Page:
Thursday, December 30, 2010
New Year's Day
New Year's day....for some it is a day for Bowl games or dry-heaving into the Bowl....for others it is a day like any other with perhaps only a small hangover or none at all. Most view the New Year as a clean slate, a fresh start, a time to make resolutions for improving one's lot or casting off the odd vice.
In Philadelphia, New Year's day is a whole separate Party; removed and different than the hapless striving for a good time that happens on the Eve. This night many a pathetic soul parties with weiner-tots,plastic noise-makers, bad hats and worse sparkling wine.
New Year's day brings us in the Delaware Valley, and the lucky tourists who venture to the City of brotherly love, the Mummer's Parade. Officially it began as a City sponsored parade in 1901. However, the revelry of Mummers and New Year's "Shooters" has it's roots in German, English and Swedish settlers who roamed the Colonial streets ringing in the New Year with gunfire, booze and costumed antics. The parade now features Comics, String Bands and Fancies and generally takes about 6 to 7 hours to complete.
Wondering about the attraction of the Mummers is not unlike that old question about Jazz...if you have to ask you'll never know. It is a party on New Year's day and a great spectacle of costume and musical talent...and an excuse to drink and cavort . It is similar to Mardis Gras and Carnivale and makes the Rose Bowl Parade look like a crepe paper joke. Unfortunately many people lambast and criticize the parade and scoff at the tradition and it's participants. To those naysayers I simply reply that they do not know squat...you have to experience it live to appreciate the talent and get caught up in the fun. I have been going since I was a kid and now take my kids. They are all teenagers now and they love it even without access to the intoxicants consumed by the adults.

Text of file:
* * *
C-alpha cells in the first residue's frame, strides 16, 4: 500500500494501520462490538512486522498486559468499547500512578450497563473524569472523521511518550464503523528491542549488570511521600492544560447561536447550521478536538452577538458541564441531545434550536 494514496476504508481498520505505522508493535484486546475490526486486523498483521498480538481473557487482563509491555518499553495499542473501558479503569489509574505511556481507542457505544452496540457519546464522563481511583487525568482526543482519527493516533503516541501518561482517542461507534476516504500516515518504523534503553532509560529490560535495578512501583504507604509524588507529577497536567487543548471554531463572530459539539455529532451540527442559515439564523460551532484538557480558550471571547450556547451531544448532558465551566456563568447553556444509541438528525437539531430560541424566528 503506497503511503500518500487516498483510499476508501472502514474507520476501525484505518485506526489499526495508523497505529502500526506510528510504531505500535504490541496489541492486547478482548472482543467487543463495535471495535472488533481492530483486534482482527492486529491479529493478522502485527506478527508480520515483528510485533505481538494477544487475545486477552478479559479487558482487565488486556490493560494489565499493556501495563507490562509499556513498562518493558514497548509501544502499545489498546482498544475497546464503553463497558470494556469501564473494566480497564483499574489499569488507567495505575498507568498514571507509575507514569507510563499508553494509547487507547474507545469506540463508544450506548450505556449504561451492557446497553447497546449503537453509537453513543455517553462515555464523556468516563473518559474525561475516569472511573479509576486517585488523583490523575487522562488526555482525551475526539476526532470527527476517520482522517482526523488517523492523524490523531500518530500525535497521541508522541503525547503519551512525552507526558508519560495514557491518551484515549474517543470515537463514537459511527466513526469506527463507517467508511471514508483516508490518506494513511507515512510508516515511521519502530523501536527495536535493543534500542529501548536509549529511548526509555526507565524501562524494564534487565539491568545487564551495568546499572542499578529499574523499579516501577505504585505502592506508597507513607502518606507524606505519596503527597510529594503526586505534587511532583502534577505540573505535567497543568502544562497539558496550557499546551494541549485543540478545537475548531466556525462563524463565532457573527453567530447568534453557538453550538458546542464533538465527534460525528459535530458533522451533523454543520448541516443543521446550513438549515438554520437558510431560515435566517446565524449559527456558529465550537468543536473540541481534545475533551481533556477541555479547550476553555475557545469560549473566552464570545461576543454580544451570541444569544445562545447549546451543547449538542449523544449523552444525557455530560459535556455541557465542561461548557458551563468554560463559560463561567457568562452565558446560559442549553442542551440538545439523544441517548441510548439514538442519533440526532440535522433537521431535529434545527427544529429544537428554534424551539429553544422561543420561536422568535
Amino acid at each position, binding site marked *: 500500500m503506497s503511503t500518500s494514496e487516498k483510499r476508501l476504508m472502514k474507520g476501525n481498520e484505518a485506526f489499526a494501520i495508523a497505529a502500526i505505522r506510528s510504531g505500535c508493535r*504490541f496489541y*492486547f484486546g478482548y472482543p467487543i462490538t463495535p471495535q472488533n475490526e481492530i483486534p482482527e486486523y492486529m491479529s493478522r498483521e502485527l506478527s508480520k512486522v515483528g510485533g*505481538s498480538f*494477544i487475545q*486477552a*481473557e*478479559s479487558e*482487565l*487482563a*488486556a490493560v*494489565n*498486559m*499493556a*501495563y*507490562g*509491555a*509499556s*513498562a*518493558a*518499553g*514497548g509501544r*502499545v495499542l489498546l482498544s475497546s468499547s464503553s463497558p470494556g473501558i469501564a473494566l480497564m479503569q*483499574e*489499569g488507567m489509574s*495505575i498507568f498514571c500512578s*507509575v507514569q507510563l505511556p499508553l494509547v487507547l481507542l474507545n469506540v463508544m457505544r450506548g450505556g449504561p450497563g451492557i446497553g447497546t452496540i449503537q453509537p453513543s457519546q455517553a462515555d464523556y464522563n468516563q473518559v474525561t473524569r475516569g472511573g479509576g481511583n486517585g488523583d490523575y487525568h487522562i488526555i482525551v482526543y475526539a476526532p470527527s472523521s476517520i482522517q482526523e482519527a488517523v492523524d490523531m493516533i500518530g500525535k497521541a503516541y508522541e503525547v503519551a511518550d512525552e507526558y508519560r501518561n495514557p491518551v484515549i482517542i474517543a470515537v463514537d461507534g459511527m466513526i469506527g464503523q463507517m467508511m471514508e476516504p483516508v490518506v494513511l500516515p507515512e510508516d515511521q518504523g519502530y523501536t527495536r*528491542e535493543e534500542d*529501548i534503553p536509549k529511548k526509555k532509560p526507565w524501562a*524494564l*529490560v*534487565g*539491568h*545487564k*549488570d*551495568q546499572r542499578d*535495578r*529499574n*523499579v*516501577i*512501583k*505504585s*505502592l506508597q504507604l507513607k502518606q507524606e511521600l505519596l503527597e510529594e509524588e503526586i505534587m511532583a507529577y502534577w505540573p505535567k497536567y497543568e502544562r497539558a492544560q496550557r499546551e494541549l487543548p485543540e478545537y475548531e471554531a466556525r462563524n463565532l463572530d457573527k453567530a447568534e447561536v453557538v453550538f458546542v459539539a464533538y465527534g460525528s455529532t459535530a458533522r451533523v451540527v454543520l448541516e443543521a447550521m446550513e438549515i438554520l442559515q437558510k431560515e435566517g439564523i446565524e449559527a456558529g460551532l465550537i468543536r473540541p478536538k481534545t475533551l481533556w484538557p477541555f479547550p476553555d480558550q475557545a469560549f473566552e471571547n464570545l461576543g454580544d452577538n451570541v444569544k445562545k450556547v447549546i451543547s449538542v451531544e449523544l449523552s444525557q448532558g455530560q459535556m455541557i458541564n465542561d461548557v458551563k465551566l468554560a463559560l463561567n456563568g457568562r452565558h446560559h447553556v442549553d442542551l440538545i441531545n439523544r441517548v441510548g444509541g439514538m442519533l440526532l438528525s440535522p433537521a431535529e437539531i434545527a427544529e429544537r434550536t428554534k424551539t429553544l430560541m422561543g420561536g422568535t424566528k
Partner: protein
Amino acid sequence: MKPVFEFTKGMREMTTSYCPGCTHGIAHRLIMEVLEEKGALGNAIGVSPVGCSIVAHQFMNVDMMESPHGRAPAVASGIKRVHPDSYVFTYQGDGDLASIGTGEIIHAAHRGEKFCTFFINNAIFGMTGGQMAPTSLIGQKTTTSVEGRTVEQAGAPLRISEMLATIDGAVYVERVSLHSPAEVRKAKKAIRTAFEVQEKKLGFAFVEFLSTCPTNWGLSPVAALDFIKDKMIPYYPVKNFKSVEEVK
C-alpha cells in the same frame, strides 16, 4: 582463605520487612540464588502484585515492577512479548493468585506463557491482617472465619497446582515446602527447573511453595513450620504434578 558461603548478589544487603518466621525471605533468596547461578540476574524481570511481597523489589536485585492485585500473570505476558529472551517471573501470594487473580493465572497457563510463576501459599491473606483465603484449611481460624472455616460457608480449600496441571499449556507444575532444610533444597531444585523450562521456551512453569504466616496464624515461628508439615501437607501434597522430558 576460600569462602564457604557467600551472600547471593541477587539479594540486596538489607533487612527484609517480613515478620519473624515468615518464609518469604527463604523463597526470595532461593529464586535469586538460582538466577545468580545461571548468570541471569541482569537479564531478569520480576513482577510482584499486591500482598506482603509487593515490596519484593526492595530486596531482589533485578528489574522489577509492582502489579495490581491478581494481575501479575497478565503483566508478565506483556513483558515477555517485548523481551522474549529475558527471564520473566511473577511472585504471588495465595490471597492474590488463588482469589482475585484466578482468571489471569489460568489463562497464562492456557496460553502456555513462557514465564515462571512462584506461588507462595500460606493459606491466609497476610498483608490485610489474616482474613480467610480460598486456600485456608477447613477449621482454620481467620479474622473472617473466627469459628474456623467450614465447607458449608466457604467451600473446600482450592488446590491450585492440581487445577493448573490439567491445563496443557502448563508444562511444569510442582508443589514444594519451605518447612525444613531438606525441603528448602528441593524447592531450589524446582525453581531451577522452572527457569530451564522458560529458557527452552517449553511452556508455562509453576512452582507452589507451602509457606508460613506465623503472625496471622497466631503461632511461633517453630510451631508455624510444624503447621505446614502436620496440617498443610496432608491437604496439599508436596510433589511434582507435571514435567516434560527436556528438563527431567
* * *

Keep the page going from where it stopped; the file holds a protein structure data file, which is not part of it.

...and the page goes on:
Who are these guys, the Mummers, who festoon themselves with expensive feathered and sequined costumes and pick up a sax and banjo or drum and march up Broad street? These guys ( and now women as well) are steamfitters and longshoreman, welders and bookkeepers and just everyday people who belong to a Club and practice and work hard all year to participate and compete in this special event.These New Year's clubs are tight knit social groups that include generations of families. They toil and practice year round to raise money for their instruments and costumes and choreographers and music teachers. The competition between the top String Bands is fierce and the bragging rights last the whole year.
On a chilly New Year's day there is nothing like hearing the distinctive sound of the String Bands marching up Broad street. The sound echoes in the office building confines of the streets and resonates to the core of each spectator. The bands sport numerous saxophones and banjos, bass and drum, Sousaphone and even Glockenspiel. The sound is unique in all the world. It is not a musical genre you would put in your CD player in the car, but in the afternoon of the first day of the year, amongst friends and family and thousands of Happy New Year wishing parade goers, it is a happy and uplifting music.The routines they present are creative and the Mummers suits are often just amazing.
The "Wench" Brigades ( The painted faced maniacs pictured above), are loosely based on old European costumes and in their contemporary incarnation are just crews of men and boys dressed as "Wenches" who parade in the morning. Later, they retire to Clubhouses for major bashes or haunt the parade route swilling beers and wishing all and sundry a Happy New Year.
So while many across the Country are glumly boxing up their Christmas decor, or plodding to the gym for their first of only a few resolution work outs, or administering to a hang-over with hair o' the dog or just aspirin and Coca-Cola, I will be at the Parade hugging my Wife and kids, taking a nip on a flask of Bourbon,and cheering on Fralinger, or Ferko or Quaker City String Band. Happy New Year everybody.